LTI Researcher Uses AI To Study Storytelling, Help Humans
Long before computers or electricity, humans used stories to communicate. But with the rise of artificial intelligence and the proliferation of tools like ChatGPT that harness AI to generate text, it's easy to worry about the future of storytelling.
Carnegie Mellon University's Maarten Sap isn't worried. Instead, he's flipping the concern on its head by using computers and AI to learn more about how humans tell stories and applying the results to helping humans communicate better with those around them.
Sap, an assistant professor in the School of Computer Science's Language Technologies Institute, has always been interested in the social science applications of natural language processing and what AI can tell us about how humans use language. But historically, much of this research has focused on how traits like personality, age or gender influence how people write, or ways that deception can be detected in text. Sap wanted to go beyond that and instead try to understand creativity — not deception — and the role it plays in how humans write imagined stories versus autobiographical ones.
Because little data existed about imagined and autobiographical stories, Sap began his research by developing a library of them. He tasked crowdworkers with writing short stories about something that happened to them, then he gave those stories to a different set of crowdworkers and asked them to make up stories based on the originals. Finally, he had the first set of crowdworkers retell their autobiographical stories months later.
Once Sap had collected a corpus, he and his colleagues needed to create a metric to evaluate and compare story types. Generally, stories weave together a series of events, based on either personal experience or a shared socio-cultural knowledge of how things happen. For example, if you tell a story about a wedding you attended, it's smattered with the details of the wedding as you experienced it. But telling an imagined story about a wedding relies on a shared cultural knowledge of what a wedding is and what it entails. The researchers speculated that analyzing the relationship between events in sentences could shine light on the differences between story types.
With this in mind, the research team developed a metric they called sequentiality, a computational measure of narrative event ﬂow that uses a large language model (in this case, GPT-3) to compare the inﬂuence of both previous sentences and story topic on individual sentences.
"Sequentiality relies on the connection between an event and what just happened before it versus an event and the main topic of the story," Sap said. "GPT-3 has been shown to understand what a typical unfolding of events looks like, so we used that to our advantage to tease apart questions like, 'Is an average sentence from an autobiographical story going to be more related to its context or to its general topic compared to a random sentence from an imagined story?'"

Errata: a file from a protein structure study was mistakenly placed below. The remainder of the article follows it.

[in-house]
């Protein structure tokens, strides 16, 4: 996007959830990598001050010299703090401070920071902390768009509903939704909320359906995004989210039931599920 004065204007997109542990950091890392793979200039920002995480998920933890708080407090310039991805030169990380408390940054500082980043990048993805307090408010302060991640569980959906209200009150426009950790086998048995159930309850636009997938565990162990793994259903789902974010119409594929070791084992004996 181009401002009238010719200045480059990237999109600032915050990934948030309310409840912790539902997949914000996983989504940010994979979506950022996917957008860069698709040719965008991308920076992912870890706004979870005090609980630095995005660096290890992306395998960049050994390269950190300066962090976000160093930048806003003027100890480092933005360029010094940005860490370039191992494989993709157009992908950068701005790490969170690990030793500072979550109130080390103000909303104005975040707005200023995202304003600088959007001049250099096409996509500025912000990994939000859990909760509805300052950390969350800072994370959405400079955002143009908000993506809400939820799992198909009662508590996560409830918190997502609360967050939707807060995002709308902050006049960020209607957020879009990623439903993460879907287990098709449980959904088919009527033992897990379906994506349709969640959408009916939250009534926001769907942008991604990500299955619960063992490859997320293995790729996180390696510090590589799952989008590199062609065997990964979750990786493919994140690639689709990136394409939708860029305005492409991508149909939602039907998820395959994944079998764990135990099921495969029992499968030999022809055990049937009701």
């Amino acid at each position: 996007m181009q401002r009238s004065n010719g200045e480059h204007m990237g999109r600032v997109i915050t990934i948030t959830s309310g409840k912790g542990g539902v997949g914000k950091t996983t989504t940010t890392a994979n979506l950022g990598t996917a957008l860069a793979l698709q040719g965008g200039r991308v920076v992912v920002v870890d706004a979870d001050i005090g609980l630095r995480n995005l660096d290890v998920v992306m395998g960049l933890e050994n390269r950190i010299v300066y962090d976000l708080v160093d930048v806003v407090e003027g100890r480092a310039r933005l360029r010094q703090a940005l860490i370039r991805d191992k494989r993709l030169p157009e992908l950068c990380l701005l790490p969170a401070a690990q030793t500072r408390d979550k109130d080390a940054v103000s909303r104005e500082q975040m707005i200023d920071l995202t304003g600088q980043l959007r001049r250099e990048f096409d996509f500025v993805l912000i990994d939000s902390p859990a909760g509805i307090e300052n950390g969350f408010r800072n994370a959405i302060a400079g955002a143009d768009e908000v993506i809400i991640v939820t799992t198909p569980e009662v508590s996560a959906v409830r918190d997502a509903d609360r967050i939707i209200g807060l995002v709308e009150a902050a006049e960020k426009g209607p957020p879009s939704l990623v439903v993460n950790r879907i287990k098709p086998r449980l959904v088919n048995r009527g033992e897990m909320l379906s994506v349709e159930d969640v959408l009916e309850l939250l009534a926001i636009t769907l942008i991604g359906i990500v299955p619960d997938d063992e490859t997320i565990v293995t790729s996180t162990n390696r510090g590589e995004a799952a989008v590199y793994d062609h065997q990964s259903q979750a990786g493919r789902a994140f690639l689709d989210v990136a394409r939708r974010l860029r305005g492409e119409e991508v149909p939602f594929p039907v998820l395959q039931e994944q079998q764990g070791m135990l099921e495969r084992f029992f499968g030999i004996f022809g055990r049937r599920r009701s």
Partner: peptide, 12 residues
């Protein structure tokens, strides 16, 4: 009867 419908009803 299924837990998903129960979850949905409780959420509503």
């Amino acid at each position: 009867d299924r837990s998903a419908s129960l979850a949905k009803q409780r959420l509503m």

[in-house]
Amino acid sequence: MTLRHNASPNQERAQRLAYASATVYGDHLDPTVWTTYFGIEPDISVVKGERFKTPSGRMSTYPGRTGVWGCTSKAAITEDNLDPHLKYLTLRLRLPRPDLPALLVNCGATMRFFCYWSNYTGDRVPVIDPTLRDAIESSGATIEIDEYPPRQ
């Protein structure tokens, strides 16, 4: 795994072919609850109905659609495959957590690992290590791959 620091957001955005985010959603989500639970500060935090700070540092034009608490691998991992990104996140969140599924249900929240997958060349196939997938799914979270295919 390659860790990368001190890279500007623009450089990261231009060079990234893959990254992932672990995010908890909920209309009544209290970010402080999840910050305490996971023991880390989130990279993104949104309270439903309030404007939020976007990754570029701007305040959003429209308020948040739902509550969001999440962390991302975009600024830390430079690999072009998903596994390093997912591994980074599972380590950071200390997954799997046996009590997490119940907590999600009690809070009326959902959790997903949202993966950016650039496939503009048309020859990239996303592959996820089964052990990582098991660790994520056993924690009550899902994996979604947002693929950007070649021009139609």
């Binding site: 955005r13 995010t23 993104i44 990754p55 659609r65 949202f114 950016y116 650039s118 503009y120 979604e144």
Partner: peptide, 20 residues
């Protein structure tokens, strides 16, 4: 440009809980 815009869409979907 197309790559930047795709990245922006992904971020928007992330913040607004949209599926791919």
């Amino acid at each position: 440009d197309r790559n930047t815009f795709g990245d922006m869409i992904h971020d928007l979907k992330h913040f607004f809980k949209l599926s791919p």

The team applied the metric to thousands of stories, with interesting findings. The first was that sequentiality for autobiographical stories was lower than for its imagined counterparts. That is, an autobiographical story has a less linear relationship between sentence events. It meanders.
"This corroborates some intuitions from psychology or cognitive science related to the fact that if you have a memory that's salient in your head, you're going to remember details at random that you haven't put in a nice story yet," Sap said. "If you are imagining a story, you're less likely to have random details pop in because you didn't experience them."
They also found that a retold autobiographical story becomes more like an imagined one as time goes by.
"There's this effect of the more you tell it, the more it gets honed into a story as opposed to a brain dump of a memory," Sap said.
Sap's work holds great promise as a tool for exploring the memory, reasoning and imagination processes needed to generate narratives, as well as for harnessing large-scale neural models to explore narrative theories. But Sap is most excited to look at how this work can help humans understand each other.
"There's a fundamental curiosity I have about how we as humans work. This research was a way to understand how different mechanisms in our brain show up in language and how natural language processing systems can pick up on those traces." Sap said. "But there's a lot of prosocial applications to this line of research. Just understanding the structure of a narrative and how people use events to weave them together has applications to studying how people write stories about their own trauma. Are they overcoming their trauma through these narratives, and can we help them come up with analytic tools to understand how you write about those types of memories?"
Sap notes there's also interesting applications with respect to how we include shared knowledge in stories and what that means for people who have cognitive disabilities or conditions like autism that may hinder their ability to connect to that knowledge and infer intent.
"Understanding if there's a missing gap in a story can help us understand whether we should fill in that gap if we're targeting people who might have a harder time doing this inference. Maybe if we write that down, it can help them understand the story," Sap said. "I really want to develop technology that can help people and do good in the world."
Sap performed his research with the University of Washington's Anna Jafarpour, Yejin Choi, Noah Smith and Eric Horvitz; and James Pennebaker from the University of Texas, Austin. Learn more about the project in "Quantifying the Narrative Flow of Imagined Versus Autobiographical Stories" on the Proceedings of the National Academy of Sciences website.